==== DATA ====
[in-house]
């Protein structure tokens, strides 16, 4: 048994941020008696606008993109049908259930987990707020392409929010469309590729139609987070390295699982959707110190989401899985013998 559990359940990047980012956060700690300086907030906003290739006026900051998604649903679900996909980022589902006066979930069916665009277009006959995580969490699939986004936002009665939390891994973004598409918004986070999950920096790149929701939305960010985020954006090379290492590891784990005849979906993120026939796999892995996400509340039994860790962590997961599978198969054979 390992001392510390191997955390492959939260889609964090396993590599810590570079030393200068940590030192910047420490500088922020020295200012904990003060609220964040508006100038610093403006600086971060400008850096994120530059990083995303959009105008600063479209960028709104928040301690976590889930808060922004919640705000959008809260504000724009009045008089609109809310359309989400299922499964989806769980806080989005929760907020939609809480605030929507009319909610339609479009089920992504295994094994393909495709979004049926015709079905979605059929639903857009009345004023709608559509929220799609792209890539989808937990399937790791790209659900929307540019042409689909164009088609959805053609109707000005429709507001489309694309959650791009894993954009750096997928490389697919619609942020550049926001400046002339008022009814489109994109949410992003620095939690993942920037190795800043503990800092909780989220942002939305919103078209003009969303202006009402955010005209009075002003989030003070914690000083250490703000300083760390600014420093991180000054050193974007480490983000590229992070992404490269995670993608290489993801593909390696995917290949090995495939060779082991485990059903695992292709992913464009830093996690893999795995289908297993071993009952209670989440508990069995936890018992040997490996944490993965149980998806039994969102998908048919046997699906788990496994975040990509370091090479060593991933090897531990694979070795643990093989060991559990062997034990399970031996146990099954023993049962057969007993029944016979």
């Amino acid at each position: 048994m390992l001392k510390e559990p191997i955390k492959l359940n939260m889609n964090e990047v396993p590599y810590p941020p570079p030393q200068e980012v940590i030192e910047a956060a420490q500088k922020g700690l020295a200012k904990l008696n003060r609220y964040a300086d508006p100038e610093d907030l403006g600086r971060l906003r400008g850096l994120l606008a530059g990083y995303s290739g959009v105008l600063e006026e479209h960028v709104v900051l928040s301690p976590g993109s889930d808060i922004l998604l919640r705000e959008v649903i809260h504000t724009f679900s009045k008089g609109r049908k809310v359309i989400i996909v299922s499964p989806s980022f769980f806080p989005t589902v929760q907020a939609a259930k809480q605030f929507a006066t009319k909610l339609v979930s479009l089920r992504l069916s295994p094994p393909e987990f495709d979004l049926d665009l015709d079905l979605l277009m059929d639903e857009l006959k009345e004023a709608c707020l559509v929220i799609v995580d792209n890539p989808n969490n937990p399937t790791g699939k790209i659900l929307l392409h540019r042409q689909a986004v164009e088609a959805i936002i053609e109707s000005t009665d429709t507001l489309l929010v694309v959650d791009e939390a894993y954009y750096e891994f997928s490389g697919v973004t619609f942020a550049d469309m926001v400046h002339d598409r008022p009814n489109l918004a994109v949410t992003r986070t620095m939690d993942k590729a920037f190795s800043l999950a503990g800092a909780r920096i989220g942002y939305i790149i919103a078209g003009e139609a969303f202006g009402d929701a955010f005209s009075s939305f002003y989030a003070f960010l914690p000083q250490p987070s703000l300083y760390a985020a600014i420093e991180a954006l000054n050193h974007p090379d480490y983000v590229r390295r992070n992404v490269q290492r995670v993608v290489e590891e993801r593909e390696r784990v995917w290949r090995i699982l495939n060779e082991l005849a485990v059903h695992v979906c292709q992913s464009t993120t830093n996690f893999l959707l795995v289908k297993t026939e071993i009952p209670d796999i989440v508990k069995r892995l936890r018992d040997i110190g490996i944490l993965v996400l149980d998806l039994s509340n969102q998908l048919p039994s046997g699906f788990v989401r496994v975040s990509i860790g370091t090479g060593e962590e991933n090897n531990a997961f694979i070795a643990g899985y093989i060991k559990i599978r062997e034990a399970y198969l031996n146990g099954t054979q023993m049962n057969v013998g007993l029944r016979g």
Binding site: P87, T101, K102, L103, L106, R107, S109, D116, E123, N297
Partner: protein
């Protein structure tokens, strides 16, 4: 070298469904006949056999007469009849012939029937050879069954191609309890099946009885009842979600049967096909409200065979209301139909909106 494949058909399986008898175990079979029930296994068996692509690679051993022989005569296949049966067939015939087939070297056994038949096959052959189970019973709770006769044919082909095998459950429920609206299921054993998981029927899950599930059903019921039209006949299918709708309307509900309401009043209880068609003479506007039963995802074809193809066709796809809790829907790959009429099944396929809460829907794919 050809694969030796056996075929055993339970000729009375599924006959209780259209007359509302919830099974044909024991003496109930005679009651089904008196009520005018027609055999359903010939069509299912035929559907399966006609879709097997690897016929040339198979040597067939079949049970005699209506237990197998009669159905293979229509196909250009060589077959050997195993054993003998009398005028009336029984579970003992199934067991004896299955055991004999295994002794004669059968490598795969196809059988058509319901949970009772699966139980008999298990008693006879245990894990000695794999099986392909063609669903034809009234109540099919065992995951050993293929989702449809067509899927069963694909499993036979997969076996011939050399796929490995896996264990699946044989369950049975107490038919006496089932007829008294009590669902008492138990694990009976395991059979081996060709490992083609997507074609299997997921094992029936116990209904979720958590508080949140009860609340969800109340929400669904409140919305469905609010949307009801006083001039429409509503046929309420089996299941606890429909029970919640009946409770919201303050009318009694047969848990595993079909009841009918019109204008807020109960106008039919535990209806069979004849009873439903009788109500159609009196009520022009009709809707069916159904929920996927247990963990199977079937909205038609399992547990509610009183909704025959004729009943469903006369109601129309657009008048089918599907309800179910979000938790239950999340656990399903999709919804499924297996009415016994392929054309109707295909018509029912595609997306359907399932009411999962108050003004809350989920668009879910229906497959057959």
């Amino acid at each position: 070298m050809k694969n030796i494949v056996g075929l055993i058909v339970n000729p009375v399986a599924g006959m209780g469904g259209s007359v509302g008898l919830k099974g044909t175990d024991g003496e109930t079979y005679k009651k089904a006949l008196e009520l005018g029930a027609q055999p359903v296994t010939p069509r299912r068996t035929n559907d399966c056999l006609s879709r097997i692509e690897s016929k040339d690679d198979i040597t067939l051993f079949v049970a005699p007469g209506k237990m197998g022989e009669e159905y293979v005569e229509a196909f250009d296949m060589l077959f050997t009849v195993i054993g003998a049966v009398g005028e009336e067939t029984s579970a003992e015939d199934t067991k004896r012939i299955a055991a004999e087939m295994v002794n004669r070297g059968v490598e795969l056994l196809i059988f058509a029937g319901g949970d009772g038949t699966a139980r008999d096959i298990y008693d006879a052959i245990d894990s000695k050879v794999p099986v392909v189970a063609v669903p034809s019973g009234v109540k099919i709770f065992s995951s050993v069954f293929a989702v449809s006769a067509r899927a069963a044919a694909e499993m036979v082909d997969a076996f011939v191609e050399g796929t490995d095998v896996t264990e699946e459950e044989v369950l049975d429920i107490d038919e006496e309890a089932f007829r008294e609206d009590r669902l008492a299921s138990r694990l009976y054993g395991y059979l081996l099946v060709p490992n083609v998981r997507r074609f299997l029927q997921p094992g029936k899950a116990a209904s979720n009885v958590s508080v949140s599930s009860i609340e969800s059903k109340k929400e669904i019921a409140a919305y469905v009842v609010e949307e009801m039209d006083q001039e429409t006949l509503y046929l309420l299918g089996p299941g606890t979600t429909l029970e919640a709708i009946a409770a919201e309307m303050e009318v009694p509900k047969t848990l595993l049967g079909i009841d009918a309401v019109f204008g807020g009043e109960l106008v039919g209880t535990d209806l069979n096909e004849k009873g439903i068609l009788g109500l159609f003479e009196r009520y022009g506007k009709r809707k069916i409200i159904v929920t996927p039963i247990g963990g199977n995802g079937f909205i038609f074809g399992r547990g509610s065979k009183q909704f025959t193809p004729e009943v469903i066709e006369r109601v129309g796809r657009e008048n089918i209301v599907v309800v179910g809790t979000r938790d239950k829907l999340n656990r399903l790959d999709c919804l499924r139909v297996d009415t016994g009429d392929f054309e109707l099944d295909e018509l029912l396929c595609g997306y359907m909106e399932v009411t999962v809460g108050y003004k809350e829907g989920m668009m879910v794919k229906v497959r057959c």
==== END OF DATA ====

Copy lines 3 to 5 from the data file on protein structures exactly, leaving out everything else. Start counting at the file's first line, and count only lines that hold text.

């Amino acid at each position: 048994m390992l001392k510390e559990p191997i955390k492959l359940n939260m889609n964090e990047v396993p590599y810590p941020p570079p030393q200068e980012v940590i030192e910047a956060a420490q500088k922020g700690l020295a200012k904990l008696n003060r609220y964040a300086d508006p100038e610093d907030l403006g600086r971060l906003r400008g850096l994120l606008a530059g990083y995303s290739g959009v105008l600063e006026e479209h960028v709104v900051l928040s301690p976590g993109s889930d808060i922004l998604l919640r705000e959008v649903i809260h504000t724009f679900s009045k008089g609109r049908k809310v359309i989400i996909v299922s499964p989806s980022f769980f806080p989005t589902v929760q907020a939609a259930k809480q605030f929507a006066t009319k909610l339609v979930s479009l089920r992504l069916s295994p094994p393909e987990f495709d979004l049926d665009l015709d079905l979605l277009m059929d639903e857009l006959k009345e004023a709608c707020l559509v929220i799609v995580d792209n890539p989808n969490n937990p399937t790791g699939k790209i659900l929307l392409h540019r042409q689909a986004v164009e088609a959805i936002i053609e109707s000005t009665d429709t507001l489309l929010v694309v959650d791009e939390a894993y954009y750096e891994f997928s490389g697919v973004t619609f942020a550049d469309m926001v400046h002339d598409r008022p009814n489109l918004a994109v949410t992003r986070t620095m939690d993942k590729a920037f190795s800043l999950a503990g800092a909780r920096i989220g942002y939305i790149i919103a078209g003009e139609a969303f202006g009402d929701a955010f005209s009075s939305f002003y989030a003070f960010l914690p000083q250490p987070s703000l300083y760390a985020a600014i420093e991180a954006l000054n050193h974007p090379d480490y983000v590229r390295r992070n992404v490269q290492r995670v993608v290489e590891e993801r593909e390696r784990v995917w290949r090995i699982l495939n060779e082991l005849a485990v059903h695992v979906c292709q992913s464009t993120t830093n996690f893999l959707l795995v289908k297993t026939e071993i009952p209670d796999i989440v508990k069995r892995l936890r018992d040997i110190g490996i944490l993965v996400l149980d998806l039994s509340n969102q998908l048919p039994s046997g699906f788990v989401r496994v975040s990509i860790g370091t090479g060593e962590e991933n090897n531990a997961f694979i070795a643990g899985y093989i060991k559990i599978r062997e034990a399970y198969l031996n146990g099954t054979q023993m049962n057969v013998g007993l029944r016979g």
Binding site: P87, T101, K102, L103, L106, R107, S109, D116, E123, N297
Partner: protein